Some want to escape the consequences of Brexit, others feel compelled by Trump to leave the U.S., yet others would like to live and work in the EU: Austrian and German emigrants and their expatriate descendants may now acquire Austrian or German passports – and thus EU citizenship.
The migrant crisis on the islands off the coast of Greece continues to fill the front pages – alas, many European countries, among them the Visegrád (V4) states and Austria in particular, are still highly unwilling to get involved in resolving the issue. And yet, outside the limelight, an inconspicuous legal change in Austria in September 2020 has liberalized Austrian citizenship law in favor of 20th century emigrants. Similarly, Germany turned away from decades of established practice in May 2020 – though in the latter case, it was a judgment by the German Constitutional Court, rather than an amendment to law, which forced the change. In any case, the new regime in both countries may help many who are affected by Brexit or who wish to leave the U.S. under the specter of a Trump reelection (the situation in the Czech Republic, see this article).
As early as in September 2019, Austria decided that emigrants and their descendants have a right to claim Austrian citizenship. The corresponding change made to the 1985 Citizenship Act took force at the beginning of September 2020. The amendment draws a generous timeframe, covering all emigrants who had to leave Austria up until 15 May 1955 (the date on which the Austrian State Treaty was signed and Austria regained sovereignty) due to racial or political persecution or because of their commitment to democratic ideas. In other words, austrofascists and Austrian Nazis who left the country between 1934 and 1938 or after 1945 cannot invoke the new law on citizenship – but Jews and Democrats who had to leave Austria behind up until 1955 can. It won’t be easy to decide on the cases of emigrants who left Austria prior to the Anschluss in March 1938, though even those cases are worth the try to obtain Austrian citizenship.
German law, too, recognizes the right to regain German citizenship. However, eligibility is limited to those who lost German citizenship between 30 January 1933 and 8 May 1945, i.e., the years of the Nazi dictatorship (cf. our article: “The practice of reinstating German citizenship under Art. 116 (2) first sentence of the Basic Law has been unconstitutional for decades”). The claim extends to all descendants. Applications by those who belong to the “survivor generation” have become exceedingly rare, but they still exist and are treated preferentially; those of others may take up to two years to process. Sadly, German practice was extremely restrictive up until 2019. Things took a turn for the better when the Federal Ministry of the Interior issued decrees at the end of August 2019 based upon which the members of certain categories may be naturalized pursuant to Sec. 14 of the Citizenship Act (StAG) (cf. our first article in the series: “Naturalization of descendants of victims of Nazi persecution under Art. 116 (2) of the Basic Law GG – New decrees by the Federal Ministry of the Interior (BMI) seek to provide redress.”). Because of a judgment by the Federal Constitutional Court of 20 May 2020 (cf. our second article: “The practice of reinstating German citizenship under Art. 116 (2) first sentence of the Basic Law has been unconstitutional for decades”), old cases in which a final decision was already handed down but which are incompatible with the Constitutional Court ruling are now being reopened by the competent authority (i.e., the Bundesverwaltungsamt (BVA) in Cologne) upon a motion to such effect. New applications are already heard with the May 2020 judgment in mind.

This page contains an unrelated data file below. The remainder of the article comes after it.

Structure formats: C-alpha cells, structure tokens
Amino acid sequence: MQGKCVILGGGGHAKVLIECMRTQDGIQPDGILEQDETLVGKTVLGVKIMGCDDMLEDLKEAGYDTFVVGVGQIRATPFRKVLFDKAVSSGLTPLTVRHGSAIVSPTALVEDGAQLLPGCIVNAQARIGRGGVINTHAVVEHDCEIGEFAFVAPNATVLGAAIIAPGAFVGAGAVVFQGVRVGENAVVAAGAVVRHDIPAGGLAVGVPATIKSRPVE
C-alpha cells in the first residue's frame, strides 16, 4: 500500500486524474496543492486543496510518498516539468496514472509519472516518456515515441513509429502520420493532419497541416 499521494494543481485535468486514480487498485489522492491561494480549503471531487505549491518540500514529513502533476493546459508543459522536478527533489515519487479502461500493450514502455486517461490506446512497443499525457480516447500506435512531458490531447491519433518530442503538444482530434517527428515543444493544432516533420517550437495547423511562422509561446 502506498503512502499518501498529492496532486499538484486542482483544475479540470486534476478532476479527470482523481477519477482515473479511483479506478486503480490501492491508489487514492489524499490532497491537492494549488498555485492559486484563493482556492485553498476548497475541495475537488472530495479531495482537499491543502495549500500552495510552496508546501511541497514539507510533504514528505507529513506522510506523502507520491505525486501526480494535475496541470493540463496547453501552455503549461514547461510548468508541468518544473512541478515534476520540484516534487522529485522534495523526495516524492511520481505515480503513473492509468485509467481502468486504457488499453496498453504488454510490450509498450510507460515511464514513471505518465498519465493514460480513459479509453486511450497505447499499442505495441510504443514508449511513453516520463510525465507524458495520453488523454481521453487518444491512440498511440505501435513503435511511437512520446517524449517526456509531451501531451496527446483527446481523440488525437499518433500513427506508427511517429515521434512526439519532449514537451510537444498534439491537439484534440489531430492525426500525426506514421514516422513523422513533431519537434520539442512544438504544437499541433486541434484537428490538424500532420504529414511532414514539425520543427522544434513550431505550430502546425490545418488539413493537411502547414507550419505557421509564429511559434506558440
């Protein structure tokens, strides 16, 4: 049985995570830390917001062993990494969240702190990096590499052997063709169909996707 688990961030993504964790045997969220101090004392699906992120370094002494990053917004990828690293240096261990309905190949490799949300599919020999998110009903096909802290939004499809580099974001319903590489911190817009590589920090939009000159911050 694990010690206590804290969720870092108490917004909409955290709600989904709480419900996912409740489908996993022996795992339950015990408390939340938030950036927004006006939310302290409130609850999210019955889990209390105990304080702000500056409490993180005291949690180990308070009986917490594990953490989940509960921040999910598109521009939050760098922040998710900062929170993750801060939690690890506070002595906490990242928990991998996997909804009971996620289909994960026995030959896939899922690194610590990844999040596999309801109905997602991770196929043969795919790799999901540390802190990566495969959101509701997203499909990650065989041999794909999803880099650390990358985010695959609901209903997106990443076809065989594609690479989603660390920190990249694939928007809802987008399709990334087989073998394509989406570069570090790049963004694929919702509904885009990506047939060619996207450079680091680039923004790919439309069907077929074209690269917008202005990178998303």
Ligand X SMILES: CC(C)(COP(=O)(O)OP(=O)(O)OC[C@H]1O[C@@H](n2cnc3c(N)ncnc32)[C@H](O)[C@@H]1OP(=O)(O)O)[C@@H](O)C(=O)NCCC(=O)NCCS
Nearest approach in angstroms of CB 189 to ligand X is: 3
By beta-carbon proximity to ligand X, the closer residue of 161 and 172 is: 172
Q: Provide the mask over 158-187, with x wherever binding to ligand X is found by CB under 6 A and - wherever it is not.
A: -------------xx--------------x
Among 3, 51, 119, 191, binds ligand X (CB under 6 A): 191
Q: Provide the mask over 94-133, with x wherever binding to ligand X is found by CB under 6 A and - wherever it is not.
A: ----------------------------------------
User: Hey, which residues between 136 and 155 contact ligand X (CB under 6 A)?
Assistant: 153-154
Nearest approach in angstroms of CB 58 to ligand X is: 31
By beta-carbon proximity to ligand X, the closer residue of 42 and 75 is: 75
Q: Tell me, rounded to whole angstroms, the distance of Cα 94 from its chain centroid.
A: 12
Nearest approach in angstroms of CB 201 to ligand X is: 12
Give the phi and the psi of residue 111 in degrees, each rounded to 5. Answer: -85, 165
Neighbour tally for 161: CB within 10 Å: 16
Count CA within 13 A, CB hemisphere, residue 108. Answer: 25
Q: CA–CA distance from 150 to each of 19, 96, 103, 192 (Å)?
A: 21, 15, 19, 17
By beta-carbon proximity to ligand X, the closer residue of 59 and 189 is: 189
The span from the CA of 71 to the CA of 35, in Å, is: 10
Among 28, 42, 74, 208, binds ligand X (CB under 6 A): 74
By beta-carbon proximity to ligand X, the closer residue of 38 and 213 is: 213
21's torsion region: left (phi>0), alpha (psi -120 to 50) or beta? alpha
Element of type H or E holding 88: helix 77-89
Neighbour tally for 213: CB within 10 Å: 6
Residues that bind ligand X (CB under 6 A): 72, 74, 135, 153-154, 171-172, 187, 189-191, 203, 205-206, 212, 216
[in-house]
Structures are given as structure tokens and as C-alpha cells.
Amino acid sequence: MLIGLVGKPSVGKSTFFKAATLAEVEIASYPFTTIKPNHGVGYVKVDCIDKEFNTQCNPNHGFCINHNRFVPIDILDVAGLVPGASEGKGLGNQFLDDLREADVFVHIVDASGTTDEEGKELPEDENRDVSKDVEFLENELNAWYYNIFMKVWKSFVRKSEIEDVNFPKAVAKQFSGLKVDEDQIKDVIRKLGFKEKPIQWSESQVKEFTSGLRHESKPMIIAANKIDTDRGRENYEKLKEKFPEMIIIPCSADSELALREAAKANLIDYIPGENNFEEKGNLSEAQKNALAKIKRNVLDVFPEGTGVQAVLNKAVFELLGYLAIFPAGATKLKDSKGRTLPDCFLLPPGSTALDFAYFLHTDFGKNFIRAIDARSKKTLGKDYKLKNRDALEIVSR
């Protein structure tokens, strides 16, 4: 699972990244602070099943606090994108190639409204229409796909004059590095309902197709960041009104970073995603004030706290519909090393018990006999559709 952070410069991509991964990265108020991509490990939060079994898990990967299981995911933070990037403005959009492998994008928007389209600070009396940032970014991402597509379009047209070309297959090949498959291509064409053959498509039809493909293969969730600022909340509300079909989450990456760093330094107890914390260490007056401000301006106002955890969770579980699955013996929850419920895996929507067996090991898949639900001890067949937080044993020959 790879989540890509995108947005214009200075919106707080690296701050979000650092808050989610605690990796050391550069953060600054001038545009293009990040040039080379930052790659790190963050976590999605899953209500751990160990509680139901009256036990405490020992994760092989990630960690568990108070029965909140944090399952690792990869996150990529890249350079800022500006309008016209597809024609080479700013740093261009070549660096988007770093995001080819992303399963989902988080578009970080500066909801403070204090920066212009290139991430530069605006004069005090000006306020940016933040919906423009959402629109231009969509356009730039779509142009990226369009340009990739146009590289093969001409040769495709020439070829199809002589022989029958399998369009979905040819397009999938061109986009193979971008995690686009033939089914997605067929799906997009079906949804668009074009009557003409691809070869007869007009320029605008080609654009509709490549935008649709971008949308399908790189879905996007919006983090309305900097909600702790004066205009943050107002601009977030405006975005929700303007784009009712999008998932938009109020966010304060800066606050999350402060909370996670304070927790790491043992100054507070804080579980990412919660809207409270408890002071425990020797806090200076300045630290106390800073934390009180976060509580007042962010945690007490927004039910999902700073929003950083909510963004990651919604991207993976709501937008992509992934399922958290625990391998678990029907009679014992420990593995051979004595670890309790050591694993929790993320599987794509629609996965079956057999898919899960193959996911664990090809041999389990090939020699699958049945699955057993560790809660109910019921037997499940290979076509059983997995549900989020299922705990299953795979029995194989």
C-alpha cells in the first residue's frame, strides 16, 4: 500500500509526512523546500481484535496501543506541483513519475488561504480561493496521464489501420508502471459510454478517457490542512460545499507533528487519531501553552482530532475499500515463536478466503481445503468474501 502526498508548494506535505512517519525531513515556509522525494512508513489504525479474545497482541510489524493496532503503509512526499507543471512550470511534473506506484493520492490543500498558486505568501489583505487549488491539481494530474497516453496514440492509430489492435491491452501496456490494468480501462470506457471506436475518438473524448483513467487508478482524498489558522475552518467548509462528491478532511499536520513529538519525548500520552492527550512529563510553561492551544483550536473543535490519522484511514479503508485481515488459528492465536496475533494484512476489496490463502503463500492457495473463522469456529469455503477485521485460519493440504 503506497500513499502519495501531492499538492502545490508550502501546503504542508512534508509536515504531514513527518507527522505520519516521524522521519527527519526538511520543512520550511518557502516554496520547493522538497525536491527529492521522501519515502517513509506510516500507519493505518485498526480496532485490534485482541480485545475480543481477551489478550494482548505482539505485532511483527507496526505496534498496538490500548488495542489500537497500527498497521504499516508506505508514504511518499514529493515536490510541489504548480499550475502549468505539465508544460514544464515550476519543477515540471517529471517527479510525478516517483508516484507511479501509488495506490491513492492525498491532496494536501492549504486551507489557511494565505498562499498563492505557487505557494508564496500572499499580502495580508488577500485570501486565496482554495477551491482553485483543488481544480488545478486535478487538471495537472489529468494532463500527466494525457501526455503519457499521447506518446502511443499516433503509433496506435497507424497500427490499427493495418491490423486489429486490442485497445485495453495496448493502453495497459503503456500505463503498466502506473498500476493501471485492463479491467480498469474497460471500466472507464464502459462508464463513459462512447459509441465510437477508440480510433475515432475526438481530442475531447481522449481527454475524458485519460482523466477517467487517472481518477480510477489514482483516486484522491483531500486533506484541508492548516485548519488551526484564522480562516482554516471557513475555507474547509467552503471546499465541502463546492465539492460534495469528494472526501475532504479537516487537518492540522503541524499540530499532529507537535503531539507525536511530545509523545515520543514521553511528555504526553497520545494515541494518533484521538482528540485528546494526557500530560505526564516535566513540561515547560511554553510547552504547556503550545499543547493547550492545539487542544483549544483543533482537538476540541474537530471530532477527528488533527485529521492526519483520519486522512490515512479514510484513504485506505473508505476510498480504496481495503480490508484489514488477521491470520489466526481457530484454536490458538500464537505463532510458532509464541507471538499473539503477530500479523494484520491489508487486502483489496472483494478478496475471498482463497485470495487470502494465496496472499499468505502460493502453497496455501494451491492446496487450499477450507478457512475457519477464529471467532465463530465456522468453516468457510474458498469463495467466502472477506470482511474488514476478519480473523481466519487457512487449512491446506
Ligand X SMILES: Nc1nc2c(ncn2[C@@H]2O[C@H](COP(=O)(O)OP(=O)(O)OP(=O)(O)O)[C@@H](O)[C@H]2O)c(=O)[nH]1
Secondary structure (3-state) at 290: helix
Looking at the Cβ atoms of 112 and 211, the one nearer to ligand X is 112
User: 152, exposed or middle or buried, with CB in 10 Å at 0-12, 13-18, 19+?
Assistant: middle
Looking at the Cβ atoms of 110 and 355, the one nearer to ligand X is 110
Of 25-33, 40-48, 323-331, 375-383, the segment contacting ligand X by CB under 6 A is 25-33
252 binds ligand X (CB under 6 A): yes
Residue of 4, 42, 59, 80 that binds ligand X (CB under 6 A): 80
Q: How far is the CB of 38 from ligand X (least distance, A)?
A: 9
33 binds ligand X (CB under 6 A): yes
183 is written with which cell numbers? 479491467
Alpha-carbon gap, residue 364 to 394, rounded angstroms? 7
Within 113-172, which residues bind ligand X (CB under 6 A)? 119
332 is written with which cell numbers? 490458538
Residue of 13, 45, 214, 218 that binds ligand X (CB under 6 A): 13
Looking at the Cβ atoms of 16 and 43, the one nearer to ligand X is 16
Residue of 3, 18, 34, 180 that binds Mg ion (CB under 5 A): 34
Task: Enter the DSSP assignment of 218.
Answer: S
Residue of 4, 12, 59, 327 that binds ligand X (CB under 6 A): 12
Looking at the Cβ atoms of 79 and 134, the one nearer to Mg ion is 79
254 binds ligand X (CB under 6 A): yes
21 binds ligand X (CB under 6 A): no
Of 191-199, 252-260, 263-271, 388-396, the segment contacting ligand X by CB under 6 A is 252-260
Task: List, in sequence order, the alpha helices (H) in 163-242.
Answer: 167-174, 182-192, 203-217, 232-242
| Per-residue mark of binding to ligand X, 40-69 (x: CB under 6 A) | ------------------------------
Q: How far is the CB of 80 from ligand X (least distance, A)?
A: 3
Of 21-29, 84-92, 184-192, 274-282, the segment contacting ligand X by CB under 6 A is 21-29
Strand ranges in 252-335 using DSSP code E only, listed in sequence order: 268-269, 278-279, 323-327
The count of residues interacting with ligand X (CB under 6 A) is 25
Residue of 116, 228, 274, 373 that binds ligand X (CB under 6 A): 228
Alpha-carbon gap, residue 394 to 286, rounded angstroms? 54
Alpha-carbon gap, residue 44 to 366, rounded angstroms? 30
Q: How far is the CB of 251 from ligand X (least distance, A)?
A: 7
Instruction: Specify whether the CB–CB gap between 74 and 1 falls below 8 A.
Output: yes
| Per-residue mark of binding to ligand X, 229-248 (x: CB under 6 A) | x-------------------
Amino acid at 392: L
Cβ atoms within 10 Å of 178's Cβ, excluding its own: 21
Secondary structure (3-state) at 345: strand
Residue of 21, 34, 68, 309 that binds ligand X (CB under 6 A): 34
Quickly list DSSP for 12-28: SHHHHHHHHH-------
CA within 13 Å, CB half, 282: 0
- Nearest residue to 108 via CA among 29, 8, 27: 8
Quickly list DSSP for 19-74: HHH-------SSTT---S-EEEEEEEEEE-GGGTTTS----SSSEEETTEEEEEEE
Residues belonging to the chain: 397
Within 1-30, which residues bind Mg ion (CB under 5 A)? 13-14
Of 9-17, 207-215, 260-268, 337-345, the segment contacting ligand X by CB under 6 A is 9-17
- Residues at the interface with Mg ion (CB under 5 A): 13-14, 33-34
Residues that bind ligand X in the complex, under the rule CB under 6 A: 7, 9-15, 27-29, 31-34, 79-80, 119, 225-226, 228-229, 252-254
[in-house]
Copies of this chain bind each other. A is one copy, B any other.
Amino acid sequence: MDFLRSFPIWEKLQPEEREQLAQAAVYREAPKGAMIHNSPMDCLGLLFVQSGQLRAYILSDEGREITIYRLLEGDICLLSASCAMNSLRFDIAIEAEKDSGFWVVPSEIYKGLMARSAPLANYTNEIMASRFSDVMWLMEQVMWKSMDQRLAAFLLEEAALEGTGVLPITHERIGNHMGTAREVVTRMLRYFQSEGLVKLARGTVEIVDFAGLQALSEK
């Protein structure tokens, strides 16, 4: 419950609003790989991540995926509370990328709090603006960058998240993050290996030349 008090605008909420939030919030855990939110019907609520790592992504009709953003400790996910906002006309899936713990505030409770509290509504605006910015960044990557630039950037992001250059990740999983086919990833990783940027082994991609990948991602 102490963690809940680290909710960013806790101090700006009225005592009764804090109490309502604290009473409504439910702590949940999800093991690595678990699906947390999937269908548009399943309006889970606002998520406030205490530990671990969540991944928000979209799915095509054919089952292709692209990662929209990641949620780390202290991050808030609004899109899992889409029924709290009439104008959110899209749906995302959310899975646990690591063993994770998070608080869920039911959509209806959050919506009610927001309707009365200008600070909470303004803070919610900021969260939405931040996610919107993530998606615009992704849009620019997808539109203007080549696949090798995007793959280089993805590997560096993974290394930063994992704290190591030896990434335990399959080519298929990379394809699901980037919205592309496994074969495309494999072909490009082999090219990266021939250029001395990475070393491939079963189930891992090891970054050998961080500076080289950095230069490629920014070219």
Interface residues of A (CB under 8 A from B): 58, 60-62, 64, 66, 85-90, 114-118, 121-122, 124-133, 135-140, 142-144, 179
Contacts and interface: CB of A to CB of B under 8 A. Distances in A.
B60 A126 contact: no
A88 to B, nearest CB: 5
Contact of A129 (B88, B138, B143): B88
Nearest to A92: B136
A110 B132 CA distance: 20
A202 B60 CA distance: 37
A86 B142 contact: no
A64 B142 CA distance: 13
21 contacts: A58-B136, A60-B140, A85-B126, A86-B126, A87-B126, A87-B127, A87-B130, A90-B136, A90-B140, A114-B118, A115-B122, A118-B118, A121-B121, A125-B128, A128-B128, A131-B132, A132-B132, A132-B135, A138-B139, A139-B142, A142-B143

New options for prospective applicants from the UK and the U.S.
Overall, it makes sense for UK or U.S. citizens who would like to obtain an EU passport for political or practical reasons (Brexit, Trump, employment in the EU) to go through their records of ancestry and dig up old records and documents (i.e., in particular, birth certificates and wedding certificates – originals will be needed, and will have to be apostilled and be furnished with a certified translation, though Austria and Germany also accept documents in English). For one thing is obvious: an EU passport, whether issued by Austria, or Germany, provides infinitely more rights and security than a mere EU residency permit.
Federal Law, which changes the Act on Austrian Citizenship (1985)
Act on Austrian Citizenship (1985)
Art. 116 clause 2 of the German Constitution (1949)
Act on German Citizenship (of 2000, originally Act from 1913 Coll.)
Decision of the (German) constitutional Court of 20 May 2020 (No. 2 BvR 2628/18)